aart was a web challenge worth 200 points at the 2015 GITS CTF. There were several ways to solve it, three of which will be described here.
This challenge consisted of a website that allowed the creation of user accounts, login to those accounts as well as submitting ASCII art and voting for it. Furthermore there was a link on top of the page that provided the whole source of the website (except connect.php which contained the MySQL connection information).
There are three files of interest to us, the login script, the register script and the database scheme:
The first information we obtain is that we can retrieve the flag by logging into an account which does not have
isRestricted set to TRUE. Upon further inspection we can see that the input goes through mysqli_real_escape_string sanitation. SQL injection would be possible, but only if the variables inside the SQL query are not surrounded by apostrophes. As it turns out, in all the files they are however, so SQL injection is not possible.
Looking at the register.php file, we can see two
INSERTs being executed. In the first, the new user account is simply created by inserting the username and password into the
users table. This will generate the id, as the
id column in
users is set to AUTO_INCREMENT (see schema.sql).
In the second
INSERT the privileges of this newly created account are set. For this a userid, isRestricted pair are inserted into the
privs table. The userid, however, is fetched in a subquery by comparing the username from the *$_POST variable to the one existing in
There are several ways to exploit this script, two involving race conditions and one involving truncation of usernames. During the CTF we used the latter one, but we are going to describe all three of them.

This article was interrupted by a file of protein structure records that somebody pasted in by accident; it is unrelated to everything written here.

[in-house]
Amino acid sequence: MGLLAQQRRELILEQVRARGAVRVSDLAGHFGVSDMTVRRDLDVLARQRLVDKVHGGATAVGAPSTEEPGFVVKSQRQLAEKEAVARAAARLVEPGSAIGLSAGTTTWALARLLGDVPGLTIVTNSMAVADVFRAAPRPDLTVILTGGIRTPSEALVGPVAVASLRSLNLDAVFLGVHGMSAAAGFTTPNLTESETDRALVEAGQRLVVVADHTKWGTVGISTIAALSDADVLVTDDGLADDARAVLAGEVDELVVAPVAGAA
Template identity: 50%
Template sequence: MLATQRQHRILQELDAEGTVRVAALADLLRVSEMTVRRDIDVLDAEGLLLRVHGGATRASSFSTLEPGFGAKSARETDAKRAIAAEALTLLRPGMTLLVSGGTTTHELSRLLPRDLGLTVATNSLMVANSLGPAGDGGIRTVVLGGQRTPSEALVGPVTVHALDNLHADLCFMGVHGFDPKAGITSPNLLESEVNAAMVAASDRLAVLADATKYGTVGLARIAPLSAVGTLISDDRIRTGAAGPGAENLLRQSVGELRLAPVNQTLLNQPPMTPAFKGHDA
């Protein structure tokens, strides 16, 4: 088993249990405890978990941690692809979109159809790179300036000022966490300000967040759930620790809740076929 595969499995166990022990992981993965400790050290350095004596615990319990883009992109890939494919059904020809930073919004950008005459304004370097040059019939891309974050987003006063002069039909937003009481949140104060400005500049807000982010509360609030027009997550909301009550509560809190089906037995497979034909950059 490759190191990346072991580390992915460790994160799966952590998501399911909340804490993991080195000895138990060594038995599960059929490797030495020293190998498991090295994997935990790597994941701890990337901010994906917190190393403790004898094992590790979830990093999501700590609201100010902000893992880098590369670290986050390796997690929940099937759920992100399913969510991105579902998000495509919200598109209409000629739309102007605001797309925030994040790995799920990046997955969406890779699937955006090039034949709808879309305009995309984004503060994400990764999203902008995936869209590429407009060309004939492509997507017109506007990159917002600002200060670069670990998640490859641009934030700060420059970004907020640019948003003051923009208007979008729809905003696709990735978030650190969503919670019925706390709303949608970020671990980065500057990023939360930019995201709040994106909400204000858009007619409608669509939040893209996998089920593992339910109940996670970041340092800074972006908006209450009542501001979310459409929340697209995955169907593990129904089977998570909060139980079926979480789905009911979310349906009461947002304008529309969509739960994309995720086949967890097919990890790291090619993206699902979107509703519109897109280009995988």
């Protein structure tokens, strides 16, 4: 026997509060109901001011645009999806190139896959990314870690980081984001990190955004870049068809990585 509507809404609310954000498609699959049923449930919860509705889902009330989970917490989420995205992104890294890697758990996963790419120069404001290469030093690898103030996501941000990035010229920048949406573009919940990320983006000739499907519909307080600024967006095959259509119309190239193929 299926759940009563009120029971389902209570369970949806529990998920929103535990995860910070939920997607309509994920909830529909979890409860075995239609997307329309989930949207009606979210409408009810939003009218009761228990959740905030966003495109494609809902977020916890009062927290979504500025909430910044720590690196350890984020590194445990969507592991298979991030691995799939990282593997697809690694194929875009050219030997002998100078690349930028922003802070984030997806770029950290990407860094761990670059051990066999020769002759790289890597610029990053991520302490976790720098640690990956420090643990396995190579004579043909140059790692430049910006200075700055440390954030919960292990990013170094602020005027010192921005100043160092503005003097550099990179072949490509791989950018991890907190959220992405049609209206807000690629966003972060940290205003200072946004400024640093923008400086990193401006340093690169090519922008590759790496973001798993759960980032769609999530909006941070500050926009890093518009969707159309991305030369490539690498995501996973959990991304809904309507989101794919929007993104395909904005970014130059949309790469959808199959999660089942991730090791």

Exploit 1: Username truncation
This exploit uses the fact, that data is getting truncated by MySQL if it is above the max length of the field’s datatype.
Looking at schema.sql, we note that the username field has datatype
TEXT, in MySQL the
TEXT datatype has a capacity of 65535 bytes (see MySQL storage requirements). Everything that is longer than that, will just be truncated! Now the exploit is straight forward:
Register a new account with a username length > 65535 characters, let’s say we choose
username = 'A'*65535 + 'B'. The newly created account has its username set to ‘A’*65535, since the ‘B’ will simply be ignored due to truncation. In the subquery, the
id is selected by comparing the chosen username (i.e. ‘A’*65535 + ‘B’) to usernames in the database. But since the username inserted into the database was truncated, this subquery will return no results! Therefore there will be no entry in
privs table for our newly created account. We login using the truncated username and retrieve the flag:
this is a key is the actual flag.
Finally, a simple PoC script that will register a random username with length > 65535 and then use the truncated username to login and fetch the flag:
Exploit 2: Race condition - Double registration
In the register script there are two SQL queries that are executed one after the other with the second one depending on the first. This results in a race condition which we can exploit.
The first way to exploit this vulnerability is to register twice before the privileges are inserted into
priv table. We can see in schema.sql, that the username field is not declared UNIQUE and hence we can have two rows with identical usernames. When the subquery in the second query will try to fetch the
id for the given username, it will retrieve two rows as it does not have a
LIMIT 1 statement. The whole query will then fail with an
Subquery returned more than 1 row error and no privileges will be inserted.
We need to register twice with the same username, for this we can use the following PoC python script:
Executing that script will output the flag:
[*] Registered twice [x] fail [*] Registered twice [*] flag: 'this is a key'
Exploit 3: Race Condition - Login before privileges inserted
Similar to Exploit 2, we can also try to login before the privileges are inserted, again exploiting the race condition. The following PoC script will do exactly that and output the flag if successful:
We retrieve the flag again:
[x] fail [x] fail [*] flag: 'this is a key'
While this exploit works, it is not persistent as Exploit 1 and Exploit 2 are. Meaning that if we were to login with the created account again, it would be restricted now and not display the flag.